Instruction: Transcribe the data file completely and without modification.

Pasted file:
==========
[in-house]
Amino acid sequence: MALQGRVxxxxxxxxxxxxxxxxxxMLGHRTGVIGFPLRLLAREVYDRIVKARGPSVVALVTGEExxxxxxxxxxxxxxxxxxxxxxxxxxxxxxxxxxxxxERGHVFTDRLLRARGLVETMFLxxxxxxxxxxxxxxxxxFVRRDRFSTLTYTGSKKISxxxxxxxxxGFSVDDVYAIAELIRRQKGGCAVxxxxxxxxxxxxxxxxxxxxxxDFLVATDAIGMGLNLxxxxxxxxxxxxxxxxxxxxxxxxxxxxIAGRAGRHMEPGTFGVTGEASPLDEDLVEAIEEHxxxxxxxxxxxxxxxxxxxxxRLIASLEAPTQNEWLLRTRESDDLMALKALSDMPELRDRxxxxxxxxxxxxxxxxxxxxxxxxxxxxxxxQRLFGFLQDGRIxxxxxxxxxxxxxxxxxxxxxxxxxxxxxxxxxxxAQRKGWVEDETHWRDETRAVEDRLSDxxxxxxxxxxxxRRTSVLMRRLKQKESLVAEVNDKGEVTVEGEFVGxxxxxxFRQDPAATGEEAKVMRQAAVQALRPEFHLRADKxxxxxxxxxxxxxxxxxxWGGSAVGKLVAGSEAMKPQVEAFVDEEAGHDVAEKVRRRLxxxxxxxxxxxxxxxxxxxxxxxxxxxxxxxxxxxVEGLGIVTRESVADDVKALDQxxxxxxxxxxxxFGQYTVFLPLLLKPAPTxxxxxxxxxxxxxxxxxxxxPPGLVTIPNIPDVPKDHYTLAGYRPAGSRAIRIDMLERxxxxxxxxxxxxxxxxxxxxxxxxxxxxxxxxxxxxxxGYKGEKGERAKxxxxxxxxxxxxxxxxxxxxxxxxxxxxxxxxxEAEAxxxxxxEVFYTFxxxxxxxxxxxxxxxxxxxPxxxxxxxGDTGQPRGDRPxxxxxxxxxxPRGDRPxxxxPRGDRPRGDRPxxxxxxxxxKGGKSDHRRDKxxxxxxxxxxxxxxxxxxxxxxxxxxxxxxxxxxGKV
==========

[in-house]
Amino acid sequence: MALQGRVxxxxxxxxxxxxxxxxxxMLGHRTGVIGFPLRLLAREVYDRIVKARGPSVVALVTGEExxxxxxxxxxxxxxxxxxxxxxxxxxxxxxxxxxxxxERGHVFTDRLLRARGLVETMFLxxxxxxxxxxxxxxxxxFVRRDRFSTLTYTGSKKISxxxxxxxxxGFSVDDVYAIAELIRRQKGGCAVxxxxxxxxxxxxxxxxxxxxxxDFLVATDAIGMGLNLxxxxxxxxxxxxxxxxxxxxxxxxxxxxIAGRAGRHMEPGTFGVTGEASPLDEDLVEAIEEHxxxxxxxxxxxxxxxxxxxxxRLIASLEAPTQNEWLLRTRESDDLMALKALSDMPELRDRxxxxxxxxxxxxxxxxxxxxxxxxxxxxxxxQRLFGFLQDGRIxxxxxxxxxxxxxxxxxxxxxxxxxxxxxxxxxxxAQRKGWVEDETHWRDETRAVEDRLSDxxxxxxxxxxxxRRTSVLMRRLKQKESLVAEVNDKGEVTVEGEFVGxxxxxxFRQDPAATGEEAKVMRQAAVQALRPEFHLRADKxxxxxxxxxxxxxxxxxxWGGSAVGKLVAGSEAMKPQVEAFVDEEAGHDVAEKVRRRLxxxxxxxxxxxxxxxxxxxxxxxxxxxxxxxxxxxVEGLGIVTRESVADDVKALDQxxxxxxxxxxxxFGQYTVFLPLLLKPAPTxxxxxxxxxxxxxxxxxxxxPPGLVTIPNIPDVPKDHYTLAGYRPAGSRAIRIDMLERxxxxxxxxxxxxxxxxxxxxxxxxxxxxxxxxxxxxxxGYKGEKGERAKxxxxxxxxxxxxxxxxxxxxxxxxxxxxxxxxxEAEAxxxxxxEVFYTFxxxxxxxxxxxxxxxxxxxPxxxxxxxGDTGQPRGDRPxxxxxxxxxxPRGDRPxxxxPRGDRPRGDRPxxxxxxxxxKGGKSDHRRDKxxxxxxxxxxxxxxxxxxxxxxxxxxxxxxxxxxGKV